Breakfast of Champions
1 May 2015 Leave a comment
Author: Kurt Vonnegut
Summary: In a frolic of cartoon and comic outbursts against rule and reason, a miraculous weaving of science fiction, memoir, parable, fairy tale and farce, Kurt Vonnegut attacks the whole spectrum of American society, releasing some of his best-loved literary creations on the scene.
Rating: ★★★★★ 5/5
Review: This book is… i’m not sure ‘weird’ covers it, to be honest. But it’s not just weird. It’s funny and insightful and astute and 100% on point. This book is brilliant.
If you can look past the strangeness–the odd, round the houses tale of the two main characters and the chain of events that lead them to meeting… the multiple random asides that go on for several pages that are then referenced several chapters later… the interweaving details and history of the characters, the characters’ family, and things that happened to them many years ago… the author-insertion into his own book… If you can look past all that, or, perhaps more accurately, look deeper into that, Vonnegut is making some relevant, sharp and witty comments on life.
My personal favourite was when he started giving the length and girth of the penis of every male character he introduces, and the bust/waist/hip measurements of every female. Oh, and the average number of orgasms each character has in a month. Because this is the real information people care about, right? How big your dick is and how much sex you have. Of course, this information allows you to draw zero conclusions about these characters. Another example of the same thing would be the way he introduces characters by telling you whether they are black or white–because far too many people think this is relevant when it isn’t–it adds nothing to the characters…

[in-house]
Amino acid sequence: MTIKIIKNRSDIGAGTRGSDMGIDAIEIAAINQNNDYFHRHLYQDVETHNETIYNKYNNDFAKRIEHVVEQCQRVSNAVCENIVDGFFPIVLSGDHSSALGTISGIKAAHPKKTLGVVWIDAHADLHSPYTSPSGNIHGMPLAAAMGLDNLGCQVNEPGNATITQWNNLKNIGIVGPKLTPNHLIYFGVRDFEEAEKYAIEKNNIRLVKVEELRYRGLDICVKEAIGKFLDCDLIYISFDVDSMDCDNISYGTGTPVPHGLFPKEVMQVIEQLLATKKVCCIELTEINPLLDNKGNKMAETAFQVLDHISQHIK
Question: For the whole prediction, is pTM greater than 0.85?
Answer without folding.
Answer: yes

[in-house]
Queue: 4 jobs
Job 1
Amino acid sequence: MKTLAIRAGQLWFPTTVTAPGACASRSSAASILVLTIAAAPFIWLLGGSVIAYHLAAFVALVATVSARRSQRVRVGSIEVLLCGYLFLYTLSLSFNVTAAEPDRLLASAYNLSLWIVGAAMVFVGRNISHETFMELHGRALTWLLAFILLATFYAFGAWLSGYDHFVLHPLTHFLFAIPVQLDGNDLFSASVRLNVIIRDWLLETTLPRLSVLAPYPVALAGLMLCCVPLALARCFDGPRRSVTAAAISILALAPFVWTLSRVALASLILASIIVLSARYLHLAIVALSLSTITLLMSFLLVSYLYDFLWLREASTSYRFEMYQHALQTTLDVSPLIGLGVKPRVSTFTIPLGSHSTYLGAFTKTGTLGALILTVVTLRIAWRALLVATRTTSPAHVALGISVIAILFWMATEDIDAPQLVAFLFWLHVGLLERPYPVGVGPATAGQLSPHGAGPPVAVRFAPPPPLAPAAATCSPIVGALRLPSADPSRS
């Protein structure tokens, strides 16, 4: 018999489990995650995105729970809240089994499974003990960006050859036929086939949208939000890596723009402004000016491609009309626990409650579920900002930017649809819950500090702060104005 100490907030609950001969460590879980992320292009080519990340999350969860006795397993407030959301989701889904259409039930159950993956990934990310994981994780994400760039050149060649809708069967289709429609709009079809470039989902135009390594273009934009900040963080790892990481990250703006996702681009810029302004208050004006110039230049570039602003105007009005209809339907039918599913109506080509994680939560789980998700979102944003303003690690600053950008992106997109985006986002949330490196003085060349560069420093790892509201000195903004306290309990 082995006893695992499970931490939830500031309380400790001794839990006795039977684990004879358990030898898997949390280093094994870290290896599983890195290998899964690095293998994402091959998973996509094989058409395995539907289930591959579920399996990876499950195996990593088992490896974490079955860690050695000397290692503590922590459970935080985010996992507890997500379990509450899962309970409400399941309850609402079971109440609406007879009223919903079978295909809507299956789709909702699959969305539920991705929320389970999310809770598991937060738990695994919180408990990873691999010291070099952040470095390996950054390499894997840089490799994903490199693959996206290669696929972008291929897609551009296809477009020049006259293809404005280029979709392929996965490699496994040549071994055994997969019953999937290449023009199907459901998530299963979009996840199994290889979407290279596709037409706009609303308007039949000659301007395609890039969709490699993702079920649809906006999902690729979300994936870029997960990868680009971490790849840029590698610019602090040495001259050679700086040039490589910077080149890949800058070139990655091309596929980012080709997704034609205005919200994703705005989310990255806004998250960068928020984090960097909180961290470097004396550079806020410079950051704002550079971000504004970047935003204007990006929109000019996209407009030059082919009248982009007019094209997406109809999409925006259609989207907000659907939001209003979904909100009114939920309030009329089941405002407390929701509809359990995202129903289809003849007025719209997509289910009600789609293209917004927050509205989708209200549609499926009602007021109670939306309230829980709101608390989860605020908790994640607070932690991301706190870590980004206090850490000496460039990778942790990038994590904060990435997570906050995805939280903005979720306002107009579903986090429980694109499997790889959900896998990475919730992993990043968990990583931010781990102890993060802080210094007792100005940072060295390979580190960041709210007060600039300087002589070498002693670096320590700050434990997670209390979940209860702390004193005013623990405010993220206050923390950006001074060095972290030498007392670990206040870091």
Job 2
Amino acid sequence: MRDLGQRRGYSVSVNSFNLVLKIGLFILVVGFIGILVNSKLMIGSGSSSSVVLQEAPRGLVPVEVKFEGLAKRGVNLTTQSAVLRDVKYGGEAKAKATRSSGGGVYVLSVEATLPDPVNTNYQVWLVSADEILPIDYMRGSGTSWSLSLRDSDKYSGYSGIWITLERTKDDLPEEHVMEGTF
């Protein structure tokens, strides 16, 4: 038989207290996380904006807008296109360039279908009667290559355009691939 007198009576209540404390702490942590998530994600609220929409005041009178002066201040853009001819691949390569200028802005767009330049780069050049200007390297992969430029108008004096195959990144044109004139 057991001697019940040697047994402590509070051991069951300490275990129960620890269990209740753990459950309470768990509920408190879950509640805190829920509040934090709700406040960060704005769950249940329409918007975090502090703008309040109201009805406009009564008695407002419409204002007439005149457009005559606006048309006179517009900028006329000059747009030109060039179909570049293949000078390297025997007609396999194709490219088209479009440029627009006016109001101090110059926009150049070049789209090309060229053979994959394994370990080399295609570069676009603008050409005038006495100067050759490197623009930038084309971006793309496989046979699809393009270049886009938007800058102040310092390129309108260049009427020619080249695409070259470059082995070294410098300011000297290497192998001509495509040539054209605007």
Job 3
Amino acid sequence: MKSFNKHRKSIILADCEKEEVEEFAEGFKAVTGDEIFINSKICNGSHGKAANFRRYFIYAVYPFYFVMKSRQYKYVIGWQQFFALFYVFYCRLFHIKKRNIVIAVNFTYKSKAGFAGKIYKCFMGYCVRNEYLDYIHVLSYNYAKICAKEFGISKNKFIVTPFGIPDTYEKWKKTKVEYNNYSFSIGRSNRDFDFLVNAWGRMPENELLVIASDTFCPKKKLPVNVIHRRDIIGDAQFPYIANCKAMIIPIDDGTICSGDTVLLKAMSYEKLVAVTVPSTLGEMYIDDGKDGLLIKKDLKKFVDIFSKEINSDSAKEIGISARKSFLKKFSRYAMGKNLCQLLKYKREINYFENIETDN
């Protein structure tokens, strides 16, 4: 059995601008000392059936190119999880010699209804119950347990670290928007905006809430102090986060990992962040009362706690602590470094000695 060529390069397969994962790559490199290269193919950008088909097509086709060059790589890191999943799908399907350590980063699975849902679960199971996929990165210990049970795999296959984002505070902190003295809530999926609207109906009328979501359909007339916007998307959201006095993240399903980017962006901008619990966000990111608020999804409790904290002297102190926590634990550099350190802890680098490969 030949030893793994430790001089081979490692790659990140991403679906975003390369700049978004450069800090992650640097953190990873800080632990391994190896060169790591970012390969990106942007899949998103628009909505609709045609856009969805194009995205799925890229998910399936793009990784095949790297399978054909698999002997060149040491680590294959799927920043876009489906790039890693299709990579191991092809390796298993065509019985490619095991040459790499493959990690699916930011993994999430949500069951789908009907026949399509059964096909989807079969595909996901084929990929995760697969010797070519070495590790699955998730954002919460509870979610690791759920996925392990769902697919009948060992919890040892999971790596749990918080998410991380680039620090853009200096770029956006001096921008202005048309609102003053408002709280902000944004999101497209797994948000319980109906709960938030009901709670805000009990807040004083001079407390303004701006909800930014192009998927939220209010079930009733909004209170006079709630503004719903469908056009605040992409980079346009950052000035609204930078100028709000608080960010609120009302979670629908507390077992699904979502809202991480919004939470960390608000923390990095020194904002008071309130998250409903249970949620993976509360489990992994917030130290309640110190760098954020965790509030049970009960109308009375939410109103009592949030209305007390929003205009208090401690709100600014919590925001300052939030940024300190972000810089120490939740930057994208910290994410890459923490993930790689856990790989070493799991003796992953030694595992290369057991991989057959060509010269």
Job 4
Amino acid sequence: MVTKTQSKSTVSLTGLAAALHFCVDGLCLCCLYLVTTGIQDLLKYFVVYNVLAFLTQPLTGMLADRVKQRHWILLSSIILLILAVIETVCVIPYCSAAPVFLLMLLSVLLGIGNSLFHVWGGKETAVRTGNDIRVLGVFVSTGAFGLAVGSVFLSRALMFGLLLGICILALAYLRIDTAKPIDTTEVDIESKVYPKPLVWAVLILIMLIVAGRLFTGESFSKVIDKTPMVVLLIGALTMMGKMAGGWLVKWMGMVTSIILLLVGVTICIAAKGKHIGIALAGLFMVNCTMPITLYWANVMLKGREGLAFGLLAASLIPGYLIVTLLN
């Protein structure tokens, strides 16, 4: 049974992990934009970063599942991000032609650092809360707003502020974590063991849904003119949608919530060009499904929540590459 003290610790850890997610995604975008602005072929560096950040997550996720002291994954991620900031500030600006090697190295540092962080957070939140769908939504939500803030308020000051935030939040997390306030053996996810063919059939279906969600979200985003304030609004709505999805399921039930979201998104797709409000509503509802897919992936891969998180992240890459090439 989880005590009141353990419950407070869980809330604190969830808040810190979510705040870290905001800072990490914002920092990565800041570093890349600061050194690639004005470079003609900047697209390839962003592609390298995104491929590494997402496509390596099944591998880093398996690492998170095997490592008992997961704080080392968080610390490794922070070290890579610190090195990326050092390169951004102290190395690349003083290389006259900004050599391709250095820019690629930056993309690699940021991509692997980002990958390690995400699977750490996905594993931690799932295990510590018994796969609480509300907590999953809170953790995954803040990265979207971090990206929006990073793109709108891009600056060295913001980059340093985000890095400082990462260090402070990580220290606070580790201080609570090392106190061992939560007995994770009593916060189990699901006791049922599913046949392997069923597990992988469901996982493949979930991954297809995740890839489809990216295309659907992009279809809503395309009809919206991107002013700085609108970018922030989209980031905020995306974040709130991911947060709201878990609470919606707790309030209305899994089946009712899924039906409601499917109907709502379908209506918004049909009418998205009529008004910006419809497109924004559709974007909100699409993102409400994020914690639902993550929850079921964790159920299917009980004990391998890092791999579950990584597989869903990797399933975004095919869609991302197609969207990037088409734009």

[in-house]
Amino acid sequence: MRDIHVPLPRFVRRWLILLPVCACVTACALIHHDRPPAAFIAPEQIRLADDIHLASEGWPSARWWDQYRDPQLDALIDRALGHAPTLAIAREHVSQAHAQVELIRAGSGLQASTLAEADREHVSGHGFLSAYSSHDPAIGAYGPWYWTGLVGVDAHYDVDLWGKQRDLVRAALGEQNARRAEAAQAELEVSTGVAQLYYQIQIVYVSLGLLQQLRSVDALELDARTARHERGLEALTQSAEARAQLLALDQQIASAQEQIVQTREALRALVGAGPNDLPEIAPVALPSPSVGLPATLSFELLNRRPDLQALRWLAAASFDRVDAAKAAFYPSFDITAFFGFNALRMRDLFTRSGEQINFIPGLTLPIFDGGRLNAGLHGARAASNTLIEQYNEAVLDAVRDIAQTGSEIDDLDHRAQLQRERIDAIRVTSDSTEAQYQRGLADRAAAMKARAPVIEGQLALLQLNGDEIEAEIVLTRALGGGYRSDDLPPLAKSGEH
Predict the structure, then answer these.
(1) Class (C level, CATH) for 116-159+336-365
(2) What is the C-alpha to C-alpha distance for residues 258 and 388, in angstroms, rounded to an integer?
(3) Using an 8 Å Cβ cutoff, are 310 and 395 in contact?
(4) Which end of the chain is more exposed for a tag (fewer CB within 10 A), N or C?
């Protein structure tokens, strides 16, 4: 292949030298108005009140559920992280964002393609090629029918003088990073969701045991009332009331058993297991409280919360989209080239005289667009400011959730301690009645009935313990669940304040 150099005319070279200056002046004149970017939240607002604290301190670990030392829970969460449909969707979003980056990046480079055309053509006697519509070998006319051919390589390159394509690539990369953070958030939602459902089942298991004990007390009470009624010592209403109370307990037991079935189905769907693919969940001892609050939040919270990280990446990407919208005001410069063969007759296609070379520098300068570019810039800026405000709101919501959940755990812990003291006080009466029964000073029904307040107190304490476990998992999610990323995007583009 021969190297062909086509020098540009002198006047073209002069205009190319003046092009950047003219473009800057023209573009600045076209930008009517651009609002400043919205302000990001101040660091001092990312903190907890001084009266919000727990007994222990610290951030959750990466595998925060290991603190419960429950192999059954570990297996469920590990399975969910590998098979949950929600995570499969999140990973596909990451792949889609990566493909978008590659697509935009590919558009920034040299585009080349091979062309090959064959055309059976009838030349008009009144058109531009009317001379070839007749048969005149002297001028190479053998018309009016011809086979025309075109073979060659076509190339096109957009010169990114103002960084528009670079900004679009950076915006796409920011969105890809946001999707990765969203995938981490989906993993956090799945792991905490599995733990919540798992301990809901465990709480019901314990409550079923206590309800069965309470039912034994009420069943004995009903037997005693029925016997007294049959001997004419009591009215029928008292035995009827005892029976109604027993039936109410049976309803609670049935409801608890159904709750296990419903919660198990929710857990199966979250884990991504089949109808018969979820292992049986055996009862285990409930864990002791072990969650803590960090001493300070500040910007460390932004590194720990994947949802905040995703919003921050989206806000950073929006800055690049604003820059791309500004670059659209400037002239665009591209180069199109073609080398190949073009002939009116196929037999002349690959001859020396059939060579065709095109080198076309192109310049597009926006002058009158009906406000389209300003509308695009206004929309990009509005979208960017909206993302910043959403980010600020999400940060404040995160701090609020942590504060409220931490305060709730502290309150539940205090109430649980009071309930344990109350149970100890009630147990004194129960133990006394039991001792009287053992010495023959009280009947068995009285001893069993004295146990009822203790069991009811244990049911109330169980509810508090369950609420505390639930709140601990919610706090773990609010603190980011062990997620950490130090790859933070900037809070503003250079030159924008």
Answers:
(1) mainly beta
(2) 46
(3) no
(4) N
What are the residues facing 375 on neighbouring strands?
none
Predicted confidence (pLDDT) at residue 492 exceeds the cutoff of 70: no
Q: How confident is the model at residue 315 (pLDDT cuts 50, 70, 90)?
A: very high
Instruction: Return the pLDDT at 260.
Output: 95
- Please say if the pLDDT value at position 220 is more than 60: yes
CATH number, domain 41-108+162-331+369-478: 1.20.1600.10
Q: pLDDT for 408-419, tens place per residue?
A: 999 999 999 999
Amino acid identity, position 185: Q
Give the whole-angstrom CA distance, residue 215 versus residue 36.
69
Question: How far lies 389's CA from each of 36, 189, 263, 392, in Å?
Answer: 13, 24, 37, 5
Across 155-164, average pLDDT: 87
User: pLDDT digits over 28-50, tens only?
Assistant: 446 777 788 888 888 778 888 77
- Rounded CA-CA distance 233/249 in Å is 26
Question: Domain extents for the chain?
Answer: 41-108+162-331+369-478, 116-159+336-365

…Except of course when Vonnegut has a point to make about racist and class divides, then things become very relevant. And Vonnegut has a lot to say–a lot of points to make–about a lot of things. By framing them slightly off, by showing them from a slightly odd character’s point of view, he points out the slightly odd things about society, about humans, about life. Those points could be missed if all you’re thinking about is how weird the story is. In a way, the story itself is lost without the astute details Vonnegut is slipping in.
I think this is the kind of book you either get, or you don’t. And while i’m sure there was plenty of things i missed (and do believe a re-read would be in the book’s favour), there was so much i loved and took away with me from this book. So many smiles and laughs and wry nods of the head.
This knocks one square off my Bookish Bingo: A memoir (okay, maybe not exactly, but the blurb does say: ‘a miraculous weaving of science fiction, memoir, parable, fairy tale and farce’ so i’m totally having it).